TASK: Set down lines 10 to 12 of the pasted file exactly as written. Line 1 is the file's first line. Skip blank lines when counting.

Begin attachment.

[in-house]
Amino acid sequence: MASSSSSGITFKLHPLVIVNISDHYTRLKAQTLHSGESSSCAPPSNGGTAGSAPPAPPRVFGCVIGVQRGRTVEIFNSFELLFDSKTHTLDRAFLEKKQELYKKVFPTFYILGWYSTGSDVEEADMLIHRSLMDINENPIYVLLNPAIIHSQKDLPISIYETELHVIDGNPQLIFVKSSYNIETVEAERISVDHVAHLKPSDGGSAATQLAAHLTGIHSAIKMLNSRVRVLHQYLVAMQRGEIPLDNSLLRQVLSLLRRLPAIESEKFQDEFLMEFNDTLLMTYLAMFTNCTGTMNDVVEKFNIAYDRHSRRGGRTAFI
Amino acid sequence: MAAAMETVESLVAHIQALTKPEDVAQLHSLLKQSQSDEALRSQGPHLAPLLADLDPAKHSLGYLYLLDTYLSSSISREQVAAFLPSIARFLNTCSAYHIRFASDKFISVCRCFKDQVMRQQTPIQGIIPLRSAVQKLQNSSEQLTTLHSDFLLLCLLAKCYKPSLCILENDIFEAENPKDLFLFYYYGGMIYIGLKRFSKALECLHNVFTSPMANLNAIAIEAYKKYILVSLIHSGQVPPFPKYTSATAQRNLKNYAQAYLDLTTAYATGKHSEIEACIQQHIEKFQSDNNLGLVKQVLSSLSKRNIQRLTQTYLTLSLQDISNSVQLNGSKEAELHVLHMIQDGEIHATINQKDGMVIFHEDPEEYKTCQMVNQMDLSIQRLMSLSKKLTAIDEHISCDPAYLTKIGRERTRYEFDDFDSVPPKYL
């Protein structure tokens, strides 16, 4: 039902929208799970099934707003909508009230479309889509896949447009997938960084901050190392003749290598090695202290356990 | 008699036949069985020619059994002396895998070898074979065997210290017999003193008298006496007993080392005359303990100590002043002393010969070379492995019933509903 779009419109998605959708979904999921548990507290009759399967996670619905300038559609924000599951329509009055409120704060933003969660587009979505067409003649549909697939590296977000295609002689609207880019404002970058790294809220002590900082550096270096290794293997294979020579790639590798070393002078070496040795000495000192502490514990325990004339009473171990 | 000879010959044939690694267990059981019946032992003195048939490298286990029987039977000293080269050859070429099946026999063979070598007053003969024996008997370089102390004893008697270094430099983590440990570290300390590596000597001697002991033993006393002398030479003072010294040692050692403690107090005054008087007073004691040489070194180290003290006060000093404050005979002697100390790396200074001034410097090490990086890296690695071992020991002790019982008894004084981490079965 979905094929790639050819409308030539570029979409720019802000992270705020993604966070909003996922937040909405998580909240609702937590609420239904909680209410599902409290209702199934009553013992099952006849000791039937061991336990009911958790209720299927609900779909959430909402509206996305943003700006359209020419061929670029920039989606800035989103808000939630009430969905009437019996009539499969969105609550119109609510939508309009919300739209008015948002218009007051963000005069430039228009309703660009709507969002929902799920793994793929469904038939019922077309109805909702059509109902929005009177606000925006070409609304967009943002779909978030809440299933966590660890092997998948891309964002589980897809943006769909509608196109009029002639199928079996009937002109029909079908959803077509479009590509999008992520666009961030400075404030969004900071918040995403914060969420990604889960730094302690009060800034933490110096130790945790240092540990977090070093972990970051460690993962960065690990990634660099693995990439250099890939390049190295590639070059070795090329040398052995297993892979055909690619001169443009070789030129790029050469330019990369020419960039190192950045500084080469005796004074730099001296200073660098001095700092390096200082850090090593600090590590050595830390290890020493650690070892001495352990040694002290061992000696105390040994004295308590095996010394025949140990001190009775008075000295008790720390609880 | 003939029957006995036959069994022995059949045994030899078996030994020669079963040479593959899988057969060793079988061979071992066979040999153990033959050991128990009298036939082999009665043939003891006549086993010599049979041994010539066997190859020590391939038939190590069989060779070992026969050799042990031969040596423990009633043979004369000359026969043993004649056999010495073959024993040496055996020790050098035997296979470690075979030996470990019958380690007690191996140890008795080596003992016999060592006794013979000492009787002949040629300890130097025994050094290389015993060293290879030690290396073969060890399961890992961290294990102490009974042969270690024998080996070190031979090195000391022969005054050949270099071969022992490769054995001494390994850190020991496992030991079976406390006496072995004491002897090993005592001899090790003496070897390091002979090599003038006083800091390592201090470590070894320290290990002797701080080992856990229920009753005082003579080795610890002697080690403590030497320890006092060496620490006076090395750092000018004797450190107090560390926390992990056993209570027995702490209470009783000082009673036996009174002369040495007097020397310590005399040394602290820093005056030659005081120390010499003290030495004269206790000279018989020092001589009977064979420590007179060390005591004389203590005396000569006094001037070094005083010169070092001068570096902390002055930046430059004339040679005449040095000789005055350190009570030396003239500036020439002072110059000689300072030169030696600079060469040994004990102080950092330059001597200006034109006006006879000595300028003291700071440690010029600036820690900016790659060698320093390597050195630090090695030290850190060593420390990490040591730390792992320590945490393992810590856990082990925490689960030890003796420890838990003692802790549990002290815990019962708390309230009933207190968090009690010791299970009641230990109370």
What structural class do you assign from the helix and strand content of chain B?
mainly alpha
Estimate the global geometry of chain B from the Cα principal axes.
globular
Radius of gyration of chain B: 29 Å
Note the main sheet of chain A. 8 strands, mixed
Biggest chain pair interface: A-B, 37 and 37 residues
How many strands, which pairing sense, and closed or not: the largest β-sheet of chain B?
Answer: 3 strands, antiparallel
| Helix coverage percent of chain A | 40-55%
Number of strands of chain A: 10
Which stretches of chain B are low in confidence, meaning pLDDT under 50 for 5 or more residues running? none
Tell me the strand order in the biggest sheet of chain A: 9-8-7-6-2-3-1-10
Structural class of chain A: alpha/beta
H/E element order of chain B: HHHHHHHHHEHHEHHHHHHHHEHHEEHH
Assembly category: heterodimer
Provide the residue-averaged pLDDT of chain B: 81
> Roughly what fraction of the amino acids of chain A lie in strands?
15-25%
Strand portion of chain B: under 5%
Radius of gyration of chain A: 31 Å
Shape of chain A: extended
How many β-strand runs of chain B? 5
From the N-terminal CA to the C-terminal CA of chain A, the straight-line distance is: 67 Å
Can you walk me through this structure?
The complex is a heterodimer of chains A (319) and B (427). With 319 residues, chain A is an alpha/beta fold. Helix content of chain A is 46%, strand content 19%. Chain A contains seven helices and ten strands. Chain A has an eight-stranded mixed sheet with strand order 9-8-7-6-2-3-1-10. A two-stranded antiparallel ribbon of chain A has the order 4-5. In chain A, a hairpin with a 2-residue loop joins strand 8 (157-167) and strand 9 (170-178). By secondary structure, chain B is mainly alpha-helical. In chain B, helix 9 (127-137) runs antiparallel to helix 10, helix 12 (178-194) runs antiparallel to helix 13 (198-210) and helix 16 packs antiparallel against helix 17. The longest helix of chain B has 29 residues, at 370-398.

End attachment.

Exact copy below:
Note the main sheet of chain A. 8 strands, mixed
Biggest chain pair interface: A-B, 37 and 37 residues
How many strands, which pairing sense, and closed or not: the largest β-sheet of chain B?